Mamie A. Parker worked almost 30 years as a fish and wildlife biologist for the U. S. Fish and Wildlife Service (FWS) in Genoa; La Crosse; Green Bay, Madison, and Lake Mills, Wisconsin; Columbia, Missouri; New London and Minneapolis, Minnesota; Atlanta, Georgia; Amherst, MA; and Washington, D.C. During the Clinton Administration, Parker rose to the rank of Chief of Staff in the Service Headquarters, the first African American to hold this title.
As an avid angler, she has outstanding experience in NEPA, Clean Water Act wetland protection and restoration. This extensive amount of experience led her to receive the Annual Ira Gabrielson Award, an award to given by FWS leaders to the most outstanding leader in the agency. She played a major role in protecting our nation’s waters from the pollutants and invasive species such listing the Snakehead fish and Asian Carp as an injurious wildlife species. Parker led the FWS staff, along with partners in developing the National Fish Habitat Action Plan. The President of the United States presented Parker with the Presidential Rank award, the highest award given to government employees.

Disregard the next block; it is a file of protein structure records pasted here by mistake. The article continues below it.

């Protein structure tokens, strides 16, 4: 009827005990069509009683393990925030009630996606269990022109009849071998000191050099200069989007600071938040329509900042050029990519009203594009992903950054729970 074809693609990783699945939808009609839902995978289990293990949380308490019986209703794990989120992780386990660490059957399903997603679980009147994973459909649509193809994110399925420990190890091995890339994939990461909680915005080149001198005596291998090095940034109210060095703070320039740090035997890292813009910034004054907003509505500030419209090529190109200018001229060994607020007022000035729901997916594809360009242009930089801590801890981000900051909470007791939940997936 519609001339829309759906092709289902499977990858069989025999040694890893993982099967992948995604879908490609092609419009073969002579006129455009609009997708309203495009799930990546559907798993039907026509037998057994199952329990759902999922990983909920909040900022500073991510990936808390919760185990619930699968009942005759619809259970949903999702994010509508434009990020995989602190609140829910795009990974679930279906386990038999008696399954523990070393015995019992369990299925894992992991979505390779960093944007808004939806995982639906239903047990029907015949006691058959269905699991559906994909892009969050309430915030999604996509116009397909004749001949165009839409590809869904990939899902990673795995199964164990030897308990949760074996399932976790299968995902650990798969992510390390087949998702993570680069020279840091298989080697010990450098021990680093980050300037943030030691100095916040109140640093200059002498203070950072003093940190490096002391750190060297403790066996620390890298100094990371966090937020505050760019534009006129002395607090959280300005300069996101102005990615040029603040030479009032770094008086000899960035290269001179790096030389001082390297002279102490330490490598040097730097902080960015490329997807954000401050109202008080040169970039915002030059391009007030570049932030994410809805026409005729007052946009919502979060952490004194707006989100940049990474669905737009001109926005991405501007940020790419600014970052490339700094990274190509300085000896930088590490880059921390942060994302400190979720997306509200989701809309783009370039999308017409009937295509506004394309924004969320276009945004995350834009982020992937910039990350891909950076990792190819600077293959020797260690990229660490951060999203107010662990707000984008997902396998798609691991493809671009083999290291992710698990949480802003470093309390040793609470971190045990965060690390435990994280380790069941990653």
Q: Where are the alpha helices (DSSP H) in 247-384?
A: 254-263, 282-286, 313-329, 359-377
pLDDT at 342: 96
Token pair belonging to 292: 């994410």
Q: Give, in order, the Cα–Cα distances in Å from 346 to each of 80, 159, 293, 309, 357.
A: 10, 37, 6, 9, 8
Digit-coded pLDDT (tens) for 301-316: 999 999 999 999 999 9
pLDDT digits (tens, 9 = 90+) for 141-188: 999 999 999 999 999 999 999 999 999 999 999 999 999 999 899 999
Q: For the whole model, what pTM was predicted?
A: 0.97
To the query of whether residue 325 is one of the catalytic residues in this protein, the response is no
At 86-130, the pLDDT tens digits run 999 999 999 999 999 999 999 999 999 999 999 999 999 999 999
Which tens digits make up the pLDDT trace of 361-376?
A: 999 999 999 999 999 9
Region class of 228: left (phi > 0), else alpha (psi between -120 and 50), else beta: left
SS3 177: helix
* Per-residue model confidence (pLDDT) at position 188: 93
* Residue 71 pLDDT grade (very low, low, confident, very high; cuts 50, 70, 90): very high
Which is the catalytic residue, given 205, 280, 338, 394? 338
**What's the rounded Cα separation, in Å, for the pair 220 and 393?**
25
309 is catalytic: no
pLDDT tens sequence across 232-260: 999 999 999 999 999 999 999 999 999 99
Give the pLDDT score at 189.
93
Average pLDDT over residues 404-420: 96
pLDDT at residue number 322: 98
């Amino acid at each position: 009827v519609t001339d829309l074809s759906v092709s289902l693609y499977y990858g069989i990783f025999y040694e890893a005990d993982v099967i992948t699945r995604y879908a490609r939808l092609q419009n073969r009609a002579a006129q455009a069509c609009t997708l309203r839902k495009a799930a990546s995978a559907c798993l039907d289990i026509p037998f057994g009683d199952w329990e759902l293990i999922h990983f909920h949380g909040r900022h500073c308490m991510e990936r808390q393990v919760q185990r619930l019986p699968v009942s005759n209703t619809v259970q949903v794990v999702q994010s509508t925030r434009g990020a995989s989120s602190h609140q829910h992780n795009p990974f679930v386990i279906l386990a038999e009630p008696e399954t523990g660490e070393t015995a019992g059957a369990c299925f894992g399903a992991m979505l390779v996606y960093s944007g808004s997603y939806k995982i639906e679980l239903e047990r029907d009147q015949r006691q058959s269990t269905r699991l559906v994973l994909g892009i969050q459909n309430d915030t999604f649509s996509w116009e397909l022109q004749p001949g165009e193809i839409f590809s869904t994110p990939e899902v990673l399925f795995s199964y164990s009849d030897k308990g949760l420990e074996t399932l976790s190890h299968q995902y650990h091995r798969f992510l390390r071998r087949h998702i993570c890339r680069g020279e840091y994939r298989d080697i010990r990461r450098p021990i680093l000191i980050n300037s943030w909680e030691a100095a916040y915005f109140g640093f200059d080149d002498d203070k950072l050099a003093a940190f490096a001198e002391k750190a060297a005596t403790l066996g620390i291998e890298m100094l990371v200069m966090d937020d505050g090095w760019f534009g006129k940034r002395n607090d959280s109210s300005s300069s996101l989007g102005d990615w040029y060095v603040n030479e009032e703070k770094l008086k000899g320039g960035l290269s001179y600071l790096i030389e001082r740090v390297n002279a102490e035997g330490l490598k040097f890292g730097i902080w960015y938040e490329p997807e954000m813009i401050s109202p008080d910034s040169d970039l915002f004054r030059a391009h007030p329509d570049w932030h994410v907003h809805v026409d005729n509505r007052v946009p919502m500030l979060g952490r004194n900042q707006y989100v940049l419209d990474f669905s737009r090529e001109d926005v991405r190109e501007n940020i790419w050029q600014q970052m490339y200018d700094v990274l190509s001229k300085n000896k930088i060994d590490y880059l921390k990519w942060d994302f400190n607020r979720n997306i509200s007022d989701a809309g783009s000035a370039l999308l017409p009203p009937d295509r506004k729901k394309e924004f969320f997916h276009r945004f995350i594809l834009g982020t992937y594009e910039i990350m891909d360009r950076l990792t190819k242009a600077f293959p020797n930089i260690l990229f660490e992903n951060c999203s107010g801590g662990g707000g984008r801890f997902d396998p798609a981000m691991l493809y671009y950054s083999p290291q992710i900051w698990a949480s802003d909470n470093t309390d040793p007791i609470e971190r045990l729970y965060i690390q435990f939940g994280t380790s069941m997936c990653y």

Parker also led the effort in working with the American Pharmaceutical Association and Wal-Mart to promote a national campaign of smart disposal of medicine and unwanted aquarium fish and plants. She was featured on the NPR’s Morning Edition. Parker is a leader in various organizations and serves on the Board of Directors of The Nature Conservancy, Duke University Nicholas School of the Environment, Northland College, Student Conservation Association, the National Wildlife Refuge Association, Brown Advisory Sustainable Investment, Marstel-Day Consulting Company, the Chesapeake Conservancy.
Former Secretary Madeleine Albright and the Council of World Women Leaders awarded her with an Aspen Institute Fellowship where she worked in the Kingdom of Lesotho and in Cape Town and Johannesburg, South Africa. She recently returned from the China while speaking at the World Fisheries Congress on the impacts of climate change and development in coastal cities and communities of color.